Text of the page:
There’s a Wisconsin Death Trip flickr? I had no idea.

21 10 2008

And they say reading blogs is just a waste of time.  Vance at the Edge of the American West points me too a flickr set up by the State Historical Society of Wisconsin full of pictures from one of my favorite books, Wisconsin Death Trip by Michael Lesy.  Vance’s description is accurate, but it makes the book sound dull:

The book consists largely of clippings from the Badger State Banner, of Black River Falls, Jackson County, WI, and images by Charles Van Schaick, a local commercial photographer.

I prefer Griel Marcus’s description from the NYT in 1999:

Mr. Lesy noticed Van Schaick’s many pictures of dead infants and children, dressed in their christening gowns, now placed in tiny coffins. As he looked for the story behind these photos, he found a tale of plagues: of murder, suicide, farm and business failures, madness, addiction, tramp armies, and the ruin of childhood and the desolation of families by epidemics of diptheria, typhoid, smallpox and flu.

Mr. Lesy made a montage, using items from the local paper, contemporaneous regional fiction and poetry, asylum records and the photographs left by Van Schaick, who in Mr. Lesy’s pages emerges as Arbus’s unknown ancestor. In words, the story was almost too much to take in, the accumulation of awful facts nearly mute in their cacophony. But the pictures spoke. From Van Schaick’s archive Mr. Lesy made a tableau of disassociation, terror and insanity passing for everyday life. It was all in the blank eyes, the frozen mouths in family portraits: those were the ghosts James Marsh saw.

Indeed, it’s the juxtaposition of the strange clips and strange photographs that gives the book its power (and likewise explains why the movie is unwatchable – but that’s a subject for a whole different post).

Vance gets caught up arguing with Lesy’s thesis about Black River Falls being a particularly difficult place to live in the 1890s.  I don’t disagree, but to me making that argument is pointless.  It’s like suggesting that Dr. Johnson wasn’t all that different from the typical 18th Century Briton.  When you find a good cache of evidence, you run with it.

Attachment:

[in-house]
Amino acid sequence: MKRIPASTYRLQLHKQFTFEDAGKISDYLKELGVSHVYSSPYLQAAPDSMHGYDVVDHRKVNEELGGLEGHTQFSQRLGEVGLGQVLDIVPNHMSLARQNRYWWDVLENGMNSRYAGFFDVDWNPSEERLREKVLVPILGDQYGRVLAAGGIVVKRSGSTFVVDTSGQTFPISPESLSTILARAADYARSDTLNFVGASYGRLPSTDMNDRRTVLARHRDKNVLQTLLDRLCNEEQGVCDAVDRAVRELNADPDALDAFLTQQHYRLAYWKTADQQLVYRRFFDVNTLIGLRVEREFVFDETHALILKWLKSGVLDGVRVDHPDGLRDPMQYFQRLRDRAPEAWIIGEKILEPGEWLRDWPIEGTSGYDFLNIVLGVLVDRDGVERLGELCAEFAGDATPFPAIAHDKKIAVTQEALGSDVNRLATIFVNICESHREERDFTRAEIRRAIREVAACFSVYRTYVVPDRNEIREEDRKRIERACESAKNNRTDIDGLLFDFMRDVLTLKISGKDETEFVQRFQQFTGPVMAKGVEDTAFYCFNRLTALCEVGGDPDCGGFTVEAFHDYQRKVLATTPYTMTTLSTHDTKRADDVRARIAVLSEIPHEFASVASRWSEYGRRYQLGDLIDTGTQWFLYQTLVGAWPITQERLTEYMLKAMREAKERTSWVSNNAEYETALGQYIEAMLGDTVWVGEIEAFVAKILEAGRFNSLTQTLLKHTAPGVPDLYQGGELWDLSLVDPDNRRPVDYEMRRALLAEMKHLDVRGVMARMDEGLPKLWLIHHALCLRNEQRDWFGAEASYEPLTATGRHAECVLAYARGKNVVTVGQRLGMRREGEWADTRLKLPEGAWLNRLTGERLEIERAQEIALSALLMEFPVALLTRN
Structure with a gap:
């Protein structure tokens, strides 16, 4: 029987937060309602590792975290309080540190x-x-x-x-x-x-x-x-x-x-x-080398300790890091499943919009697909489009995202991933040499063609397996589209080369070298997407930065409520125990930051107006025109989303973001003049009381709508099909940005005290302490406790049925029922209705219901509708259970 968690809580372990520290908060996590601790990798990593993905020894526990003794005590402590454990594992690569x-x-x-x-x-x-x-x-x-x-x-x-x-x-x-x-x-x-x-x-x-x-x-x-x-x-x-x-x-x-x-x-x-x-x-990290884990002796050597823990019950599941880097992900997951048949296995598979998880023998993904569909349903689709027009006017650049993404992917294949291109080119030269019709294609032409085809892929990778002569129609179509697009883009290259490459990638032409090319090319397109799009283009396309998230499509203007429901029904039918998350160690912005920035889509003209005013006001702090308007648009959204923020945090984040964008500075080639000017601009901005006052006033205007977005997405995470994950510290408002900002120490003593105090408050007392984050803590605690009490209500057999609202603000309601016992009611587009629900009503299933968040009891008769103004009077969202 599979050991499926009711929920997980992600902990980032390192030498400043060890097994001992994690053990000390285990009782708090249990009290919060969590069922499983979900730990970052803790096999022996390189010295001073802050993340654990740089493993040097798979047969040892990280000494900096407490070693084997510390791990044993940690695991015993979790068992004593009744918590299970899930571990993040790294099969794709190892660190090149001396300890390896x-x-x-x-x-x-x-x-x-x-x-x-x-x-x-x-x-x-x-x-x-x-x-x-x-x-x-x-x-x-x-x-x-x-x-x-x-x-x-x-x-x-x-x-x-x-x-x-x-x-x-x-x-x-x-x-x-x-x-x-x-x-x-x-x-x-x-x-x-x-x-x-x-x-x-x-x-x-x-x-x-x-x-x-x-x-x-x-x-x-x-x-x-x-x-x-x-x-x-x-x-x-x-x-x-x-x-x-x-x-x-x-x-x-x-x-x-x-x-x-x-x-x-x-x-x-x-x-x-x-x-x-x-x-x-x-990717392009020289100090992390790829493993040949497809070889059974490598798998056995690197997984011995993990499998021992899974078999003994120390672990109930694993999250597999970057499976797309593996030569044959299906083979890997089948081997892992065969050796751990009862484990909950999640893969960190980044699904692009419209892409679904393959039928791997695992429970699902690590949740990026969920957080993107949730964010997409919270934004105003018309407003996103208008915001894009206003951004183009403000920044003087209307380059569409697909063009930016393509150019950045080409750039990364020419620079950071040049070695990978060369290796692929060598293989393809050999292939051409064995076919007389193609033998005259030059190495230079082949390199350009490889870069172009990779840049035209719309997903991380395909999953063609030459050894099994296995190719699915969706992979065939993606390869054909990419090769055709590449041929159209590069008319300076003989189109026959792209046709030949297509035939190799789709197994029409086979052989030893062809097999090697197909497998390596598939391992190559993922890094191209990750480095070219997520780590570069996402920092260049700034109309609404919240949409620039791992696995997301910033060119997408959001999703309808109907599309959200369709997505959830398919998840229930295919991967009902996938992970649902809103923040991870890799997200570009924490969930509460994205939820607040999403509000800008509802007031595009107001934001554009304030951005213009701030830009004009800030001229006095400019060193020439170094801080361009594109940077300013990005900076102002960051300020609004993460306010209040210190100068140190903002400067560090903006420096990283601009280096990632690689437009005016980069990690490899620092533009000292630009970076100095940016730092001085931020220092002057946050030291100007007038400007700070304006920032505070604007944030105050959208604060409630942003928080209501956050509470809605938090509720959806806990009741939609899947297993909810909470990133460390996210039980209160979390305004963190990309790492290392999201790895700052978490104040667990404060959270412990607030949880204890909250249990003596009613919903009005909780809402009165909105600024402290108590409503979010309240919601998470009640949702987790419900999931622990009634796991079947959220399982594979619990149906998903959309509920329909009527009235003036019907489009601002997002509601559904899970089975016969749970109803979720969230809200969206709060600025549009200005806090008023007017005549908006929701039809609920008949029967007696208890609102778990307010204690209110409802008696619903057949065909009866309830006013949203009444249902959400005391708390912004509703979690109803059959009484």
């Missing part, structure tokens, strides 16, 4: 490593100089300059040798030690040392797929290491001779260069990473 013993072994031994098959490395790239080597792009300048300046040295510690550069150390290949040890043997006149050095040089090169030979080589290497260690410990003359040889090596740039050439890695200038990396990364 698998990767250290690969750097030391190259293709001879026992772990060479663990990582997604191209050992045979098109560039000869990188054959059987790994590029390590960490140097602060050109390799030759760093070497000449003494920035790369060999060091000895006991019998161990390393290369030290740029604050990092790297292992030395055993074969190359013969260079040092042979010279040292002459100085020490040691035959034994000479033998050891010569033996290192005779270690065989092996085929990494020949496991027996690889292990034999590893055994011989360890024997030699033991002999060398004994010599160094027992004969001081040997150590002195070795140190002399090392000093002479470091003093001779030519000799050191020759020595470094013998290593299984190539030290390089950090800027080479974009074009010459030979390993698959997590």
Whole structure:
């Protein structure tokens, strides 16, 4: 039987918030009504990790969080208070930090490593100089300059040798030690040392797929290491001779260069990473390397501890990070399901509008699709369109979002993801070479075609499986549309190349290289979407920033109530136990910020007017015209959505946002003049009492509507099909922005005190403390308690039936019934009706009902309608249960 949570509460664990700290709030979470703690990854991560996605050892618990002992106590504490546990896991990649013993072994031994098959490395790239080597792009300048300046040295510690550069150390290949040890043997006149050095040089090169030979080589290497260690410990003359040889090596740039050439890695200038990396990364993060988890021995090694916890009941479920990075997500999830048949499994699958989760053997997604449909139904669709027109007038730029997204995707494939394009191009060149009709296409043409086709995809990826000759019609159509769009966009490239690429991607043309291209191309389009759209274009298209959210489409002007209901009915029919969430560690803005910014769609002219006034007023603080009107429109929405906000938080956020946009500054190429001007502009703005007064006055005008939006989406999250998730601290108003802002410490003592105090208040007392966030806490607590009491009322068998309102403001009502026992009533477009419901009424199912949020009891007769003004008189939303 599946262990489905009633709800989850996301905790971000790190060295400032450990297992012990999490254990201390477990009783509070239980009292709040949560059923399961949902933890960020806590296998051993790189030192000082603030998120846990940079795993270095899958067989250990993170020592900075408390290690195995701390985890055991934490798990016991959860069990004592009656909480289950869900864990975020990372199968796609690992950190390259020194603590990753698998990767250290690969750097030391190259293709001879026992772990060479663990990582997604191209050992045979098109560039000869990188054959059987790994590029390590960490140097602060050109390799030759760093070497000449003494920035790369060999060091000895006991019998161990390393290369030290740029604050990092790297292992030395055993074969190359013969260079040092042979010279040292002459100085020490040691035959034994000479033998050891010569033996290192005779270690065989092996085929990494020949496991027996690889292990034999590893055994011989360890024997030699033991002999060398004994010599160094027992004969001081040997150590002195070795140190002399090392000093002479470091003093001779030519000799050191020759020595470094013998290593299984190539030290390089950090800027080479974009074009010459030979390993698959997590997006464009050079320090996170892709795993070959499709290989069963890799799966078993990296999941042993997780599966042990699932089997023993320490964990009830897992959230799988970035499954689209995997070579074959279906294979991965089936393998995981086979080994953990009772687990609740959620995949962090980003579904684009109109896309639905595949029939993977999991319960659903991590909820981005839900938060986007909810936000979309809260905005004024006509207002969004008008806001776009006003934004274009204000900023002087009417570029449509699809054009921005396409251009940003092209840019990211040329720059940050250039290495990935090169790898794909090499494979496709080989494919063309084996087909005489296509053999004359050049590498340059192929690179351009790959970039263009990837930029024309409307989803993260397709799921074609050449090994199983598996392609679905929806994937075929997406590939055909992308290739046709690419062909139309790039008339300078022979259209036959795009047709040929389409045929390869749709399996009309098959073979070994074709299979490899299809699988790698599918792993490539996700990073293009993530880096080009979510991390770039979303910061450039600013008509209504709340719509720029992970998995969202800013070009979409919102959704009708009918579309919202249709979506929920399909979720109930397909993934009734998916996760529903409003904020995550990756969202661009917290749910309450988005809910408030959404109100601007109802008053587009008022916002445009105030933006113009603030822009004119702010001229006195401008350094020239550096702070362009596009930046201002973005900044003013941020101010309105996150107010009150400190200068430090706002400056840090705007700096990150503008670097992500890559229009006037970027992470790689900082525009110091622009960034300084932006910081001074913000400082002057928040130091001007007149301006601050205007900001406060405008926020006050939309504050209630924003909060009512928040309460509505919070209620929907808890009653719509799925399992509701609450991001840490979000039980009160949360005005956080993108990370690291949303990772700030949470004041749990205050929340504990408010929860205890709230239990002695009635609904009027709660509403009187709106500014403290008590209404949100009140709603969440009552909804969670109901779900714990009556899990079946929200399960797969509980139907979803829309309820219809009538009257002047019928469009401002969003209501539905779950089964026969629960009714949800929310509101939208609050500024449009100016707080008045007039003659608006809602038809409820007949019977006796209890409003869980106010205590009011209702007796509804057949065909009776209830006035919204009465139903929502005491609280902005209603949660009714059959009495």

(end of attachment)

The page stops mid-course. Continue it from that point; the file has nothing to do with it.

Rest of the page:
To me the book is a symbol of how death pervaded everything and everywhere in nineteenth century America.  I got the same feeling when I read Doris Kearns Goodwin’s Team of Rivals and just about everybody close to all the politicians she profiles died before they did.  [The big exception, of course, was Mary Todd Lincoln.  She just lost her mind.]

Now I can show the same impact with pictures.  I’ve never been so happy to learn that I can make other people so sad.




3 responses

23 10 2008

Hey, glad to have been useful, anyway. It’s great that the Historical Society has just put the stuff up, with a bit of helpful comment on the images, and a reference to the book, but no effort to reproduce the effect of the book. So whatever you make of it all, it’s interesting.

The reference to Diane Arbus gets at our disagreement over the book, I think (or at the disagreement between me now and 30 years ago). I don’t need to try further to convince you — you’re in good company.

23 10 2008

Plus, it’s easy to make the case that Dr. Johnson was extraordinary. Not many people in any age have hangers-on noting all their table talk. OK, I’ll stop now.

23 10 2008
Jonathan Rees


I knew that Dr. Johnson analogy didn’t work, but I couldn’t think of a better way to make the point. If the evidence is interesting, the book will be interesting too practically by default.

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